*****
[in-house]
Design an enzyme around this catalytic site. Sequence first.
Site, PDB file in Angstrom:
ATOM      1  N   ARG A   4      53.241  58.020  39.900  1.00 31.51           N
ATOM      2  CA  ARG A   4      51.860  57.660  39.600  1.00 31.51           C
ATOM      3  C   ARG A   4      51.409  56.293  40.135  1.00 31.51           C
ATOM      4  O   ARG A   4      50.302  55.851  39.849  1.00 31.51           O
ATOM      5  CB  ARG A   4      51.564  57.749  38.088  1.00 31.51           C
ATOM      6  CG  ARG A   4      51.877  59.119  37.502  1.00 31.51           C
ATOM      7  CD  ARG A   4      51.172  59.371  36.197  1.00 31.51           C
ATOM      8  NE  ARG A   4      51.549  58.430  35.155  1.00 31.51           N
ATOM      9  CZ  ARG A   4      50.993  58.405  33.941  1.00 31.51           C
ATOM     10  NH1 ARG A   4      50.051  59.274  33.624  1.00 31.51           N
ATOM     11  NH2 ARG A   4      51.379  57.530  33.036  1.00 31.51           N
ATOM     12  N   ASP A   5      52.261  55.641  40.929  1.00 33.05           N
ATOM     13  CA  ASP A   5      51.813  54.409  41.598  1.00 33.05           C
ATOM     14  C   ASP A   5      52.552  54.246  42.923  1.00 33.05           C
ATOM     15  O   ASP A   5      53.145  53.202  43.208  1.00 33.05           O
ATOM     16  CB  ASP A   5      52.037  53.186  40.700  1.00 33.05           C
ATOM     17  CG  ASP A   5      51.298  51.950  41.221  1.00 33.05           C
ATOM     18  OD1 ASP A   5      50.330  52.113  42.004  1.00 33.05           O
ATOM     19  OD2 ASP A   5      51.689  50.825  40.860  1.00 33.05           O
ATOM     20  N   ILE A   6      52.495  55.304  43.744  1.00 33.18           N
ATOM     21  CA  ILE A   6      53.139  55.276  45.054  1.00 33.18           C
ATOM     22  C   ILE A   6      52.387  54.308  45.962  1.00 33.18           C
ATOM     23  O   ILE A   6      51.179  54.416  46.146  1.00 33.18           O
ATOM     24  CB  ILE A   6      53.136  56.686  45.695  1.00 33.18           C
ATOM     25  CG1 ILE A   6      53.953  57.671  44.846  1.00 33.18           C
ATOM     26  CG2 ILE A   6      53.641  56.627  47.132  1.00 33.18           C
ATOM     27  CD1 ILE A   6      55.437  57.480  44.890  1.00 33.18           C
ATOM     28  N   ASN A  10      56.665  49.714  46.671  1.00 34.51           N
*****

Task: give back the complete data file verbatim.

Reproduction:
[in-house]
Design an enzyme around this catalytic site. Sequence first.
Site, PDB file in Angstrom:
ATOM      1  N   ARG A   4      53.241  58.020  39.900  1.00 31.51           N
ATOM      2  CA  ARG A   4      51.860  57.660  39.600  1.00 31.51           C
ATOM      3  C   ARG A   4      51.409  56.293  40.135  1.00 31.51           C
ATOM      4  O   ARG A   4      50.302  55.851  39.849  1.00 31.51           O
ATOM      5  CB  ARG A   4      51.564  57.749  38.088  1.00 31.51           C
ATOM      6  CG  ARG A   4      51.877  59.119  37.502  1.00 31.51           C
ATOM      7  CD  ARG A   4      51.172  59.371  36.197  1.00 31.51           C
ATOM      8  NE  ARG A   4      51.549  58.430  35.155  1.00 31.51           N
ATOM      9  CZ  ARG A   4      50.993  58.405  33.941  1.00 31.51           C
ATOM     10  NH1 ARG A   4      50.051  59.274  33.624  1.00 31.51           N
ATOM     11  NH2 ARG A   4      51.379  57.530  33.036  1.00 31.51           N
ATOM     12  N   ASP A   5      52.261  55.641  40.929  1.00 33.05           N
ATOM     13  CA  ASP A   5      51.813  54.409  41.598  1.00 33.05           C
ATOM     14  C   ASP A   5      52.552  54.246  42.923  1.00 33.05           C
ATOM     15  O   ASP A   5      53.145  53.202  43.208  1.00 33.05           O
ATOM     16  CB  ASP A   5      52.037  53.186  40.700  1.00 33.05           C
ATOM     17  CG  ASP A   5      51.298  51.950  41.221  1.00 33.05           C
ATOM     18  OD1 ASP A   5      50.330  52.113  42.004  1.00 33.05           O
ATOM     19  OD2 ASP A   5      51.689  50.825  40.860  1.00 33.05           O
ATOM     20  N   ILE A   6      52.495  55.304  43.744  1.00 33.18           N
ATOM     21  CA  ILE A   6      53.139  55.276  45.054  1.00 33.18           C
ATOM     22  C   ILE A   6      52.387  54.308  45.962  1.00 33.18           C
ATOM     23  O   ILE A   6      51.179  54.416  46.146  1.00 33.18           O
ATOM     24  CB  ILE A   6      53.136  56.686  45.695  1.00 33.18           C
ATOM     25  CG1 ILE A   6      53.953  57.671  44.846  1.00 33.18           C
ATOM     26  CG2 ILE A   6      53.641  56.627  47.132  1.00 33.18           C
ATOM     27  CD1 ILE A   6      55.437  57.480  44.890  1.00 33.18           C
ATOM     28  N   ASN A  10      56.665  49.714  46.671  1.00 34.51           N